Published by SHRM on April 16, 2012
A rule slated to take effect April 30, 2012, that would force most U.S. employers to post a notice of employees’ rights under labor law has been blocked by a federal circuit court on the heels of a federal district court’s determination that the issuing agency lacked authority to approve the rule.
The National Labor Relations Board (NLRB) lacked the authority to issue a notice-posting rule, the U.S. District Court for the District of South Carolina ruled on April 13, 2012. That decision was followed on April 17, 2012, by the U.S. Circuit Court for the District of Columbia granting an emergency injunction pending the appeal of a prior D.C. district court ruling that the NLRB had the authority to issue the rule.
In the D.C. Circuit court’s two-page decision it noted that “the board postponed operation of the rule during the pendency of the district court proceedings in order to give the district court an opportunity to consider the legal merits before the rule took effect. That postponement is in some tension with the board’s current argument that the rule should take effect during the pendency of this court’s proceedings before this court has an opportunity to similarly consider the legal merits.”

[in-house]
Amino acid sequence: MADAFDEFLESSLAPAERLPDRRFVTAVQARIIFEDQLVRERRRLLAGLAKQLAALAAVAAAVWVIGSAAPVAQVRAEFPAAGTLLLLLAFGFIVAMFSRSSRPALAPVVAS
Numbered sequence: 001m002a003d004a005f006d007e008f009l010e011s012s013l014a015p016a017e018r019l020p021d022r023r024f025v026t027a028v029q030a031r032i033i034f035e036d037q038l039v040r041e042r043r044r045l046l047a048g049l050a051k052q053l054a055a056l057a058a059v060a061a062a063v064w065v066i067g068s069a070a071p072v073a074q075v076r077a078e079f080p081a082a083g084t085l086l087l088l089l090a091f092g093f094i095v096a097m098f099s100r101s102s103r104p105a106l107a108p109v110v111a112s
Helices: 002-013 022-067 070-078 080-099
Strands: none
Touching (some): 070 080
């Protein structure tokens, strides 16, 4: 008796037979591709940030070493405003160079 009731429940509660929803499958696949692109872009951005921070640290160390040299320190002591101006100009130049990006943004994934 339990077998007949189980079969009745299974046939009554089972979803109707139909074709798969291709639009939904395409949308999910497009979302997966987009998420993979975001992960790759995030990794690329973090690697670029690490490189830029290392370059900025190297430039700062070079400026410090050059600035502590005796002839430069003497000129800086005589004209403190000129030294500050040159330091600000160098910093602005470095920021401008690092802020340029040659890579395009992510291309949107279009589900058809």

Read more about the NLRB poster requirement.